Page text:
The May Day celebration, which had long been a popular spring athletic program, became more elaborate and formal in the mid-1930s. The crowning of a May Queen became the major campus social activity of the year. During the mid- and late-1930s, Radford's dedication to the advancement of education in Virginia continued with participation in the "Virginia New Curriculum." Progressive educational ideas and programs were instituted at the McGuffey training school, bringing teachers, supervisors, and education officials from across the state to Radford. The hope was to continue to enhance Radford's reputation as an excellent teaching facility in Virginia.

On November 15, 1937, Dr. McConnell resigned his position as president due to ill health. Mr. Jeremy Pate Whitt, the school's registrar, was named acting president until a successor could be chosen. Dr. David W. Peters assumed the role of president of Radford College on January 1, 1938.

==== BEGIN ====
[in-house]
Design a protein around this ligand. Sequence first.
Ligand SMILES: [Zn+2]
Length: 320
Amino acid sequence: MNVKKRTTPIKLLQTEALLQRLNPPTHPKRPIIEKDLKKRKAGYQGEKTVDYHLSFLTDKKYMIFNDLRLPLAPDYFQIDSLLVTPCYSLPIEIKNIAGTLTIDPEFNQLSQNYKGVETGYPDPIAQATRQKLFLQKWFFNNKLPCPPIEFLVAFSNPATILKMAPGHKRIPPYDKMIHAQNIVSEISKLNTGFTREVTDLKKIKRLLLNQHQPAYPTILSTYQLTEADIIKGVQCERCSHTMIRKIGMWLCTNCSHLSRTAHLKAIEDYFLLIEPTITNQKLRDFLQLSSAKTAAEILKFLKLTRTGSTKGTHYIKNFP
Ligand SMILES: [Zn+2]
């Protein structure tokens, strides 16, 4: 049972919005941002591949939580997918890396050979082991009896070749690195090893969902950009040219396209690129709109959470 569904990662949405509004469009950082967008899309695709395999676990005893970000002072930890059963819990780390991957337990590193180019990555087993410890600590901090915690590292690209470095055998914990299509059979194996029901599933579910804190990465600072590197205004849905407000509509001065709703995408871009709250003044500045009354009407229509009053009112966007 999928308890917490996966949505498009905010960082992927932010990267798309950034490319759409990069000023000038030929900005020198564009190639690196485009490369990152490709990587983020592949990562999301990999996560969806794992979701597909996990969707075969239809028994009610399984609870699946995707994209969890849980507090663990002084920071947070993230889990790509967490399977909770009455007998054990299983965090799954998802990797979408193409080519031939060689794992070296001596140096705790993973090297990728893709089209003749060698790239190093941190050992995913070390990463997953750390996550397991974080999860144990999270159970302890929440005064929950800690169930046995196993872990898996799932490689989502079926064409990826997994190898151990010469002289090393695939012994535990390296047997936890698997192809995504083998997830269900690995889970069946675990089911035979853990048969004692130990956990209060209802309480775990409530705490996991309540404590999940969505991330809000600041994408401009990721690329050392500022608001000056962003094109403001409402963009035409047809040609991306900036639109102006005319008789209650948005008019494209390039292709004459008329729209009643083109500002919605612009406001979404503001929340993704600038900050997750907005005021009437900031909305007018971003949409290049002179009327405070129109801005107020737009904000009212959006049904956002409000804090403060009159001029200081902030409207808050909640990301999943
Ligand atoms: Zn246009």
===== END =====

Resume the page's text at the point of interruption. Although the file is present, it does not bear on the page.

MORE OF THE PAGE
Radford had come through the Depression relatively unscathed. In fact, several new initiatives had begun including the construction of McConnell Library, expansion of the stone wall which surrounded the campus, and the reconstruction of a log house, originally the birthplace of Mr. Whitt, which was to serve as a museum during its 20-year existence.

Many federal programs designed to improve the economy benefited the Radford campus during the 1930s. Improvements were made to existing buildings and a dining hall (present-day Walker Hall) was built in an area that was originally designated for Ingles and Pocahontas Society Homes. The Beehive yearbook was discontinued due to funding difficulties in 1930, but launched again in 1937.

War and Marriage